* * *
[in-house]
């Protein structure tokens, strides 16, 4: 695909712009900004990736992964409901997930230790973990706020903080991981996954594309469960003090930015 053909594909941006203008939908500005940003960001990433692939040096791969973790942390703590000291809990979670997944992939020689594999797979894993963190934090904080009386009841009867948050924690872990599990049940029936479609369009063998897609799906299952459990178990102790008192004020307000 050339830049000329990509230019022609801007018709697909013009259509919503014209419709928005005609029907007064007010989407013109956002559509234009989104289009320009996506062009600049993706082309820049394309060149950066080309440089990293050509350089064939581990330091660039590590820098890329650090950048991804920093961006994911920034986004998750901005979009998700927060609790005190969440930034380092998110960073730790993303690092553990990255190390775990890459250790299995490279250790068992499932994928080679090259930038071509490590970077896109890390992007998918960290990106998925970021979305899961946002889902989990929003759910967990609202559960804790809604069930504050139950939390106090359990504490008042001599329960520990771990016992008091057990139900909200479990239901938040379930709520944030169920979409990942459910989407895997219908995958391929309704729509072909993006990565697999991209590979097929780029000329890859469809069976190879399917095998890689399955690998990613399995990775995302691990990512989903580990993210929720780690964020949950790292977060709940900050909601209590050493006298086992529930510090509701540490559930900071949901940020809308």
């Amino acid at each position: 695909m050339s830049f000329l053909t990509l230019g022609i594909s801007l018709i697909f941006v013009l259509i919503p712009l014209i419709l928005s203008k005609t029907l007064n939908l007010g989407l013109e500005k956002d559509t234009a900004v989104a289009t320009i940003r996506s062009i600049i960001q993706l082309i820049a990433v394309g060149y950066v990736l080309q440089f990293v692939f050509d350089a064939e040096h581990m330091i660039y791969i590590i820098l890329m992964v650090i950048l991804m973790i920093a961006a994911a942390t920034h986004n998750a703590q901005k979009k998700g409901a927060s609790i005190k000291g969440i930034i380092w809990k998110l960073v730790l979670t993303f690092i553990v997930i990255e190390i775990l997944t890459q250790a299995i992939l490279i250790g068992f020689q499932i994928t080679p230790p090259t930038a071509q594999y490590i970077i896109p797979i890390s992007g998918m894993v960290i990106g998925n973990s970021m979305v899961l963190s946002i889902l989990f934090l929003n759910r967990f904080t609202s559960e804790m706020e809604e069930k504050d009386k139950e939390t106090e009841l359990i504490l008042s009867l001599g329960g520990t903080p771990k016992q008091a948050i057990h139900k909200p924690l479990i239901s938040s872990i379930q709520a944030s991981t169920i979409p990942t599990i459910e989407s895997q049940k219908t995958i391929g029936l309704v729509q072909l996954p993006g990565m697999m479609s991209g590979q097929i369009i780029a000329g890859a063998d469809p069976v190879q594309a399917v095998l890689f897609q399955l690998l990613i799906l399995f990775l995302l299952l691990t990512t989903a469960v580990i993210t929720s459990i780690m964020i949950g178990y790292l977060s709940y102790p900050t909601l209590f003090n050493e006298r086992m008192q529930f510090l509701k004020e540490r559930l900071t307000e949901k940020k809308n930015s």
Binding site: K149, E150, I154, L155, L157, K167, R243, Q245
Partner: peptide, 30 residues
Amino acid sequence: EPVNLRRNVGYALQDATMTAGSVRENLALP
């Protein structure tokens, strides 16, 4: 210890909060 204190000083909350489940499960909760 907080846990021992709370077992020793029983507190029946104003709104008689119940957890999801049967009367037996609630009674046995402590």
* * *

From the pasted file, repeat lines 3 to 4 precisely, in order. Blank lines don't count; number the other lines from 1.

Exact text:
């Amino acid at each position: 695909m050339s830049f000329l053909t990509l230019g022609i594909s801007l018709i697909f941006v013009l259509i919503p712009l014209i419709l928005s203008k005609t029907l007064n939908l007010g989407l013109e500005k956002d559509t234009a900004v989104a289009t320009i940003r996506s062009i600049i960001q993706l082309i820049a990433v394309g060149y950066v990736l080309q440089f990293v692939f050509d350089a064939e040096h581990m330091i660039y791969i590590i820098l890329m992964v650090i950048l991804m973790i920093a961006a994911a942390t920034h986004n998750a703590q901005k979009k998700g409901a927060s609790i005190k000291g969440i930034i380092w809990k998110l960073v730790l979670t993303f690092i553990v997930i990255e190390i775990l997944t890459q250790a299995i992939l490279i250790g068992f020689q499932i994928t080679p230790p090259t930038a071509q594999y490590i970077i896109p797979i890390s992007g998918m894993v960290i990106g998925n973990s970021m979305v899961l963190s946002i889902l989990f934090l929003n759910r967990f904080t609202s559960e804790m706020e809604e069930k504050d009386k139950e939390t106090e009841l359990i504490l008042s009867l001599g329960g520990t903080p771990k016992q008091a948050i057990h139900k909200p924690l479990i239901s938040s872990i379930q709520a944030s991981t169920i979409p990942t599990i459910e989407s895997q049940k219908t995958i391929g029936l309704v729509q072909l996954p993006g990565m697999m479609s991209g590979q097929i369009i780029a000329g890859a063998d469809p069976v190879q594309a399917v095998l890689f897609q399955l690998l990613i799906l399995f990775l995302l299952l691990t990512t989903a469960v580990i993210t929720s459990i780690m964020i949950g178990y790292l977060s709940y102790p900050t909601l209590f003090n050493e006298r086992m008192q529930f510090l509701k004020e540490r559930l900071t307000e949901k940020k809308n930015s």
Binding site: K149, E150, I154, L155, L157, K167, R243, Q245